Roughly 150 students, teachers and parents demonstrated outside of San Dieguito Academy in Encinitas, California on Monday after a vandal repeatedly spray-painted the n-word and “faggot” on the school’s exterior during New Year’s weekend.
The demonstrators allege that the school hasn’t done enough to address bias.
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“I was not surprised in the slightest,” Aya Jaffer told KBPS. She is the Youth Co-Lead for Encinitas 4 Equality and a junior at the high school.
“I never know what’s going to happen,” Jaffer added. “There are constant threats. Especially this year, in particular, it has felt rockier than ever to be a marginalized student in this district. And it feels scary and it feels unsafe.”
Surveillance video showed that the vandalism happened around 4 a.m. on Saturday, January 1. However, the vandal’s face was obscured by a beanie and mask, according to the San Diego Union-Tribune. District officials are investigating to discover the identities of those responsible.
District employees painted over the graffiti by 1 p.m. on Saturday. The county Sheriff’s Department has since started a hate-crime investigation, though no suspect had been arrested by Monday morning.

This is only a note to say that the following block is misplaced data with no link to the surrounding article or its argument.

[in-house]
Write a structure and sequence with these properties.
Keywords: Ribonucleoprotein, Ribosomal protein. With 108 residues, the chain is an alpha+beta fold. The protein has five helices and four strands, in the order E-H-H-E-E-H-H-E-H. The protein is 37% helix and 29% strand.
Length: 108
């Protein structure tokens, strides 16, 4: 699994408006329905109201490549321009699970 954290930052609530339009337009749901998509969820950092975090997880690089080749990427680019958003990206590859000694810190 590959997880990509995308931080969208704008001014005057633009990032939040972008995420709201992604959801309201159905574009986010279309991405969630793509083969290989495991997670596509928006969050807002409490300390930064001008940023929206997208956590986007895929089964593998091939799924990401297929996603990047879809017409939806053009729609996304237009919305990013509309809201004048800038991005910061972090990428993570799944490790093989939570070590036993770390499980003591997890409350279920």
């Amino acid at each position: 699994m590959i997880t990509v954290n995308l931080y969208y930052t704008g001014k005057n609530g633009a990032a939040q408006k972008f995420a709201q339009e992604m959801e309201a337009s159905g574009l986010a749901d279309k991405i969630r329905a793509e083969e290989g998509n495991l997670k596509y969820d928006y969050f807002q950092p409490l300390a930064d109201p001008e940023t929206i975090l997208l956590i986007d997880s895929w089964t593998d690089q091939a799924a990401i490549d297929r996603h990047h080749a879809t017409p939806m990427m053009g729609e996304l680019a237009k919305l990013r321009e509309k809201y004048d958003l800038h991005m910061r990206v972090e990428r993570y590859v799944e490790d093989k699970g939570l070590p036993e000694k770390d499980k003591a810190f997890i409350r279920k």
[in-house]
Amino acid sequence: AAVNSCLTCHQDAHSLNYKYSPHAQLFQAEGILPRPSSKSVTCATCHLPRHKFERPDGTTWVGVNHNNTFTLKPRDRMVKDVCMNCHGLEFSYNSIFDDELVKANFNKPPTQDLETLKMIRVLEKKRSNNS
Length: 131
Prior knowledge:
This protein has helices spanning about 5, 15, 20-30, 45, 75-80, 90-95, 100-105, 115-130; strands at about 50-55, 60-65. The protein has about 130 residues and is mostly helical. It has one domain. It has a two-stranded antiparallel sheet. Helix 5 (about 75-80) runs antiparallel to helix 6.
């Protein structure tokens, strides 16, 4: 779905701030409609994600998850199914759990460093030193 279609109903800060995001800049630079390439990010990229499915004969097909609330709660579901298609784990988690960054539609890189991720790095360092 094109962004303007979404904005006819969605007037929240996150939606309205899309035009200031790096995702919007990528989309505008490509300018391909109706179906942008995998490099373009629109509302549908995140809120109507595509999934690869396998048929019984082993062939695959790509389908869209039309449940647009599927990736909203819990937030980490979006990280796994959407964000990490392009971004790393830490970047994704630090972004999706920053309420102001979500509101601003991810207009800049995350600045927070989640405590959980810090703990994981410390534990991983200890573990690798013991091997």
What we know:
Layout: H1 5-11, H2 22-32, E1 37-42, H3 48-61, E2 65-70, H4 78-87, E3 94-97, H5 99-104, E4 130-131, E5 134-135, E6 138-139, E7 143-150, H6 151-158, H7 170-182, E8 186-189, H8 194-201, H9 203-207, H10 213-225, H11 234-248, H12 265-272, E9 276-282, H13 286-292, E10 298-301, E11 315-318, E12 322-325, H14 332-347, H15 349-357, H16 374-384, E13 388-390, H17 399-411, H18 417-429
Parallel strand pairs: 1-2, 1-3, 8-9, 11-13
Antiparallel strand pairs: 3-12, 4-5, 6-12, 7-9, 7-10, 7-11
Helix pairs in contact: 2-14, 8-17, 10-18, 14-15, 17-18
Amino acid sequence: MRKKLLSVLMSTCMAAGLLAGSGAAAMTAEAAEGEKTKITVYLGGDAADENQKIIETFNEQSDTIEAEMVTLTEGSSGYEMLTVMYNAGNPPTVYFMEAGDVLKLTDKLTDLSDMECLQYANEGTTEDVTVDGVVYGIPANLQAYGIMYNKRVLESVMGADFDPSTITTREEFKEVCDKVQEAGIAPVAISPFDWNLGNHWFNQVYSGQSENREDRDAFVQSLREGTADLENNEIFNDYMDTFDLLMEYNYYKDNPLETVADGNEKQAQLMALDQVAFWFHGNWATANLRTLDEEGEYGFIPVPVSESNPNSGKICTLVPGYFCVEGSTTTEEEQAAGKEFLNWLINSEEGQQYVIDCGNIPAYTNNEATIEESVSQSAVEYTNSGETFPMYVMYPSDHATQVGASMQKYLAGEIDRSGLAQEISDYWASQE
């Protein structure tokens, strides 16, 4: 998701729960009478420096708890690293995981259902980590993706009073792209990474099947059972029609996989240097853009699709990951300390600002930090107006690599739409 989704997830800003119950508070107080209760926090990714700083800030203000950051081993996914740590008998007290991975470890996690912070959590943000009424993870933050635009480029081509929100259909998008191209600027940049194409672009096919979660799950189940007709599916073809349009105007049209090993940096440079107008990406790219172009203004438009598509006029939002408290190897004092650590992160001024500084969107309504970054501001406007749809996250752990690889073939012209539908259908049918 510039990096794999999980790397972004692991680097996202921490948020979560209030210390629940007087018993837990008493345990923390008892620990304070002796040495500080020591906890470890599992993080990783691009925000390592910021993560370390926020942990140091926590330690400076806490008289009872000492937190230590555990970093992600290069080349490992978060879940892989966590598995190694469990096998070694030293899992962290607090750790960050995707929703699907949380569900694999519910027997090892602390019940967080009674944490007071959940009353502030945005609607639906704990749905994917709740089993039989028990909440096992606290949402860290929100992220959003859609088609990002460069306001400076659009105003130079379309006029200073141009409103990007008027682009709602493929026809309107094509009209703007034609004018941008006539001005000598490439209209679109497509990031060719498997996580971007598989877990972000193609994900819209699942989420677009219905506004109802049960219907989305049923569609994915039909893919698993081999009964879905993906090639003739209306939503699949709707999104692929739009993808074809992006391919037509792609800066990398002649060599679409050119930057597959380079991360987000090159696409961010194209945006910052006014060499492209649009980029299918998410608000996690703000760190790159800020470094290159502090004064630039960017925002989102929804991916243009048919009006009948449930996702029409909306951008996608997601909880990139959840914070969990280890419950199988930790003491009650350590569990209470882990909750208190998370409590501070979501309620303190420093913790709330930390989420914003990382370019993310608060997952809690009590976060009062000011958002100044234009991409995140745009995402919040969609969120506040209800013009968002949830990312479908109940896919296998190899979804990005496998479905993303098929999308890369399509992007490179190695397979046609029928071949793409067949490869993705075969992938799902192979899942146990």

Community activist Tasha Williamson took pictures of the slurs and posted them to social media along with the message, “San Diego County has not changed! Our kids are going back to school in Encinitas where racial and LGBTQ hate trauma exist. We continue to be subjected to racism and LGBTQ hate generation after generation.”
Cheryl James-Ward, the San Dieguito Union High School District superintendent, said the district has tried to create an inclusive environment through ethnic-based student clubs, diversity initiatives among students as well as training for employees and a new district role to investigate allegations of racism.
James-Ward also said she appreciates grassroots efforts to address hate and is open to meeting with community leaders to hear ideas on how to improve the school’s atmosphere.
Students and other community members have said that school administrators must do more.
Some suggestions include offering English-class texts written by people of color as well as other texts covering issues of systemic racism and White supremacy. Others have asked for more student mental health services or for the district to hire more faculty of color.
The school serves 13,000 middle and high school students. As for the district at large, about 58 percent of the district’s students are white, 17 percent are Asian, 16 percent are Latino, 7 percent are multiracial and less than 1 percent are Black.